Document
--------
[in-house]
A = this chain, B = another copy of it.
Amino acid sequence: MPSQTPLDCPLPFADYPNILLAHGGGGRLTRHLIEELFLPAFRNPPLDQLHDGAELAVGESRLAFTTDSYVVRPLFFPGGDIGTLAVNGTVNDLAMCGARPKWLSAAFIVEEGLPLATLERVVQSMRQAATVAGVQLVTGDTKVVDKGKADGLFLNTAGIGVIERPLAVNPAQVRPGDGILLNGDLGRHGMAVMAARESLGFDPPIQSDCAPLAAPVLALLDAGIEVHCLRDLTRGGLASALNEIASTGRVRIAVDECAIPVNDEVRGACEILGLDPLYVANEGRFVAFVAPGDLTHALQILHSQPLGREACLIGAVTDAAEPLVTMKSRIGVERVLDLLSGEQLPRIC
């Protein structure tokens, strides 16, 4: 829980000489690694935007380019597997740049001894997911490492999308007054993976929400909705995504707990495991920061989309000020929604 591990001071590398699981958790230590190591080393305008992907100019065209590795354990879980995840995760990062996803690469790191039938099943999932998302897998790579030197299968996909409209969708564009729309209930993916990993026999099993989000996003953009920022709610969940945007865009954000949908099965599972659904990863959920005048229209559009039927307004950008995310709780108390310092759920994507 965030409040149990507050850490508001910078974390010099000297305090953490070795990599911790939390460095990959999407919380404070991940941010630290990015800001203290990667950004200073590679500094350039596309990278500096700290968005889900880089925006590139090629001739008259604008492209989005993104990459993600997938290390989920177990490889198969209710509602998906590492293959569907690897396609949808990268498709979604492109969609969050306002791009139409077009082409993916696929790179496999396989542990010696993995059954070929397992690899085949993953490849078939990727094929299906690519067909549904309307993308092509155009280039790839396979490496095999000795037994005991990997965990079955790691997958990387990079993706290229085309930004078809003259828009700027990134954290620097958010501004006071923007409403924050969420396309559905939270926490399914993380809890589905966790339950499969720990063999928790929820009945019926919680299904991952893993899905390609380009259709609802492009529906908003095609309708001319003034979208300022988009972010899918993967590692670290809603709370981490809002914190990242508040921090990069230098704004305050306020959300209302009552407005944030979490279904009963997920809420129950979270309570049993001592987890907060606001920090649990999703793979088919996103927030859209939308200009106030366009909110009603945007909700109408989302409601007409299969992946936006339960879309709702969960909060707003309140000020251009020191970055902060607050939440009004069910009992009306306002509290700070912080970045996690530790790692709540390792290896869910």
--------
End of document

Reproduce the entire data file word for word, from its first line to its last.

[in-house]
A = this chain, B = another copy of it.
Amino acid sequence: MPSQTPLDCPLPFADYPNILLAHGGGGRLTRHLIEELFLPAFRNPPLDQLHDGAELAVGESRLAFTTDSYVVRPLFFPGGDIGTLAVNGTVNDLAMCGARPKWLSAAFIVEEGLPLATLERVVQSMRQAATVAGVQLVTGDTKVVDKGKADGLFLNTAGIGVIERPLAVNPAQVRPGDGILLNGDLGRHGMAVMAARESLGFDPPIQSDCAPLAAPVLALLDAGIEVHCLRDLTRGGLASALNEIASTGRVRIAVDECAIPVNDEVRGACEILGLDPLYVANEGRFVAFVAPGDLTHALQILHSQPLGREACLIGAVTDAAEPLVTMKSRIGVERVLDLLSGEQLPRIC
């Protein structure tokens, strides 16, 4: 829980000489690694935007380019597997740049001894997911490492999308007054993976929400909705995504707990495991920061989309000020929604 591990001071590398699981958790230590190591080393305008992907100019065209590795354990879980995840995760990062996803690469790191039938099943999932998302897998790579030197299968996909409209969708564009729309209930993916990993026999099993989000996003953009920022709610969940945007865009954000949908099965599972659904990863959920005048229209559009039927307004950008995310709780108390310092759920994507 965030409040149990507050850490508001910078974390010099000297305090953490070795990599911790939390460095990959999407919380404070991940941010630290990015800001203290990667950004200073590679500094350039596309990278500096700290968005889900880089925006590139090629001739008259604008492209989005993104990459993600997938290390989920177990490889198969209710509602998906590492293959569907690897396609949808990268498709979604492109969609969050306002791009139409077009082409993916696929790179496999396989542990010696993995059954070929397992690899085949993953490849078939990727094929299906690519067909549904309307993308092509155009280039790839396979490496095999000795037994005991990997965990079955790691997958990387990079993706290229085309930004078809003259828009700027990134954290620097958010501004006071923007409403924050969420396309559905939270926490399914993380809890589905966790339950499969720990063999928790929820009945019926919680299904991952893993899905390609380009259709609802492009529906908003095609309708001319003034979208300022988009972010899918993967590692670290809603709370981490809002914190990242508040921090990069230098704004305050306020959300209302009552407005944030979490279904009963997920809420129950979270309570049993001592987890907060606001920090649990999703793979088919996103927030859209939308200009106030366009909110009603945007909700109408989302409601007409299969992946936006339960879309709702969960909060707003309140000020251009020191970055902060607050939440009004069910009992009306306002509290700070912080970045996690530790790692709540390792290896869910």